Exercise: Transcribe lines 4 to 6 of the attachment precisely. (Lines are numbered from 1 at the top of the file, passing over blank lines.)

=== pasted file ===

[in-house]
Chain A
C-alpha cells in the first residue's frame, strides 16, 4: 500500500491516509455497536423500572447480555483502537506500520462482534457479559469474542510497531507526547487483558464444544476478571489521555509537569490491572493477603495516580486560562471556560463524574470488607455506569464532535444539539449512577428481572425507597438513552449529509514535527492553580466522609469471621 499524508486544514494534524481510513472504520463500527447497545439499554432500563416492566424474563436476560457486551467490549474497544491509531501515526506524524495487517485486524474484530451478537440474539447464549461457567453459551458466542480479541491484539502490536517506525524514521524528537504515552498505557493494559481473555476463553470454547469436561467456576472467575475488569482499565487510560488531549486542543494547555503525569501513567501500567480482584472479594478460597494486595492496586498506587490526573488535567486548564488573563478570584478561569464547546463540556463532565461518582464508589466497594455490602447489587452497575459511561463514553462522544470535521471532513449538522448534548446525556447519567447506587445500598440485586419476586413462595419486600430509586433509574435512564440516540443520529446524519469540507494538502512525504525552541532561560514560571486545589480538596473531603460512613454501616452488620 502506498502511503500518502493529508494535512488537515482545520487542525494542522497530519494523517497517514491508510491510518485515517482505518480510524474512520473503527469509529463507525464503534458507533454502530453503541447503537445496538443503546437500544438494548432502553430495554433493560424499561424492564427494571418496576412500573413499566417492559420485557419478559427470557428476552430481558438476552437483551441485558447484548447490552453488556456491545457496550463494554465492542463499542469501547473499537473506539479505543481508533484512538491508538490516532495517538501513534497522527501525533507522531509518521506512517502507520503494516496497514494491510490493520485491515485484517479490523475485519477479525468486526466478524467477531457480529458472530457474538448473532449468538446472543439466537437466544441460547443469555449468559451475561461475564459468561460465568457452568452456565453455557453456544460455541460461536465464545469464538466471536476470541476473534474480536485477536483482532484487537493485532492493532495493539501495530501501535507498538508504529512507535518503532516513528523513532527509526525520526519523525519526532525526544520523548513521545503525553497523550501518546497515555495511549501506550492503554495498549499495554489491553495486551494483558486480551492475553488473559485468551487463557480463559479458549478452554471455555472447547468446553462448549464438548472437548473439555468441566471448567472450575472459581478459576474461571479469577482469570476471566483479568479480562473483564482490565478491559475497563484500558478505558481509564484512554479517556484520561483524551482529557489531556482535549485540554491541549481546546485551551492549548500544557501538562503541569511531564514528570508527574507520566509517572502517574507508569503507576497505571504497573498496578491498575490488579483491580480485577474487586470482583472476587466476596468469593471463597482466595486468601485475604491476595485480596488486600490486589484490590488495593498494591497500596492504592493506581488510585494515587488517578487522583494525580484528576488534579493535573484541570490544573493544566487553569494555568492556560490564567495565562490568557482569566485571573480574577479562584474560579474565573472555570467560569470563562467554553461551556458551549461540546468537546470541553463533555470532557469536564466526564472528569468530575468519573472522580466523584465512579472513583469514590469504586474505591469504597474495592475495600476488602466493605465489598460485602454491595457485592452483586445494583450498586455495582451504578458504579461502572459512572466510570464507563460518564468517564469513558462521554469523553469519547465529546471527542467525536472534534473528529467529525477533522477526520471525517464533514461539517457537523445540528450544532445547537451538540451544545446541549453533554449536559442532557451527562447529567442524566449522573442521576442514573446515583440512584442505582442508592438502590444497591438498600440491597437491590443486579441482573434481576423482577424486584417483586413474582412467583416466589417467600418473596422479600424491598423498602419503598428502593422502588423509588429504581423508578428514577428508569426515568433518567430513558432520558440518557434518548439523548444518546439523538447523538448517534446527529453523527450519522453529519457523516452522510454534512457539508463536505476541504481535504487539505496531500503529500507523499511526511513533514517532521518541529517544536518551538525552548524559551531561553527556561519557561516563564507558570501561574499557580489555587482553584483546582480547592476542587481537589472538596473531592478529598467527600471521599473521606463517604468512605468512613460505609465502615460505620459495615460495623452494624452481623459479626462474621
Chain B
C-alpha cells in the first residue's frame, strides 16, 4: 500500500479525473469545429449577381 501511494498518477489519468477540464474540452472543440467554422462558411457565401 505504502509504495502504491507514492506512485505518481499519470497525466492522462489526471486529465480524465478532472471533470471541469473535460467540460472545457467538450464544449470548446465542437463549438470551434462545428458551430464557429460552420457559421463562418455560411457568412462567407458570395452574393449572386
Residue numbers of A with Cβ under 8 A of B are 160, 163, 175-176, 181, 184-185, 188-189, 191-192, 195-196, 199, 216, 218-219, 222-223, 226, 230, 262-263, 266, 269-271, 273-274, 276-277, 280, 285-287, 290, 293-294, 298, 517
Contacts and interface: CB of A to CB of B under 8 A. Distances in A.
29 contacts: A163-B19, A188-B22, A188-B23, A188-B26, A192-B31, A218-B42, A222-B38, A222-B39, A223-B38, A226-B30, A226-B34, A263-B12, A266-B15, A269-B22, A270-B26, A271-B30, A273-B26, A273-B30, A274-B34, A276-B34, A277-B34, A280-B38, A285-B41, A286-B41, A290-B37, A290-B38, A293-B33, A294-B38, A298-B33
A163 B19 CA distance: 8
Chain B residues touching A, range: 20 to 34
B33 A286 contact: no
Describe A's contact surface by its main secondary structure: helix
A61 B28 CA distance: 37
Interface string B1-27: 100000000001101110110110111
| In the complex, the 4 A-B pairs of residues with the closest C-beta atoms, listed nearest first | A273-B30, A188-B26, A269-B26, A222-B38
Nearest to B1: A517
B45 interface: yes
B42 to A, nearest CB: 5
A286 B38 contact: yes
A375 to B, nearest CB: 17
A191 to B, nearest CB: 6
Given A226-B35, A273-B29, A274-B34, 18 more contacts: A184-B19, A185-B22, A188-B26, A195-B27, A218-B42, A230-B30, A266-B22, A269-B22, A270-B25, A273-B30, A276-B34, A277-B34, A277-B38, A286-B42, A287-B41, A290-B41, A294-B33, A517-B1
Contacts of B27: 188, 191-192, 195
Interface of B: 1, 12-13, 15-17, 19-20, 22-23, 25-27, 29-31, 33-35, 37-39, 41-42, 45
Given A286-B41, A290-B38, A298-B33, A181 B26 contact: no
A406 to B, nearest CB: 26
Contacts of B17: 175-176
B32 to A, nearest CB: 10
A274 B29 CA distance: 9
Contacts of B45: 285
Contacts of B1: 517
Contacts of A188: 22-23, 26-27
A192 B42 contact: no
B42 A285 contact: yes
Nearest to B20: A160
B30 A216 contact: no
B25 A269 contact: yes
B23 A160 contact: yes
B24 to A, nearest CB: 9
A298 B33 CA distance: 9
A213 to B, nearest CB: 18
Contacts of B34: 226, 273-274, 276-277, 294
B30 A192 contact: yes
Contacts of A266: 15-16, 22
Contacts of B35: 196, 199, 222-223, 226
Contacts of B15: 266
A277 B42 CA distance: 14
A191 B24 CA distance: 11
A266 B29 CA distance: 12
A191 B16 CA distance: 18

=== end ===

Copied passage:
Chain B
C-alpha cells in the first residue's frame, strides 16, 4: 500500500479525473469545429449577381 501511494498518477489519468477540464474540452472543440467554422462558411457565401 505504502509504495502504491507514492506512485505518481499519470497525466492522462489526471486529465480524465478532472471533470471541469473535460467540460472545457467538450464544449470548446465542437463549438470551434462545428458551430464557429460552420457559421463562418455560411457568412462567407458570395452574393449572386
Residue numbers of A with Cβ under 8 A of B are 160, 163, 175-176, 181, 184-185, 188-189, 191-192, 195-196, 199, 216, 218-219, 222-223, 226, 230, 262-263, 266, 269-271, 273-274, 276-277, 280, 285-287, 290, 293-294, 298, 517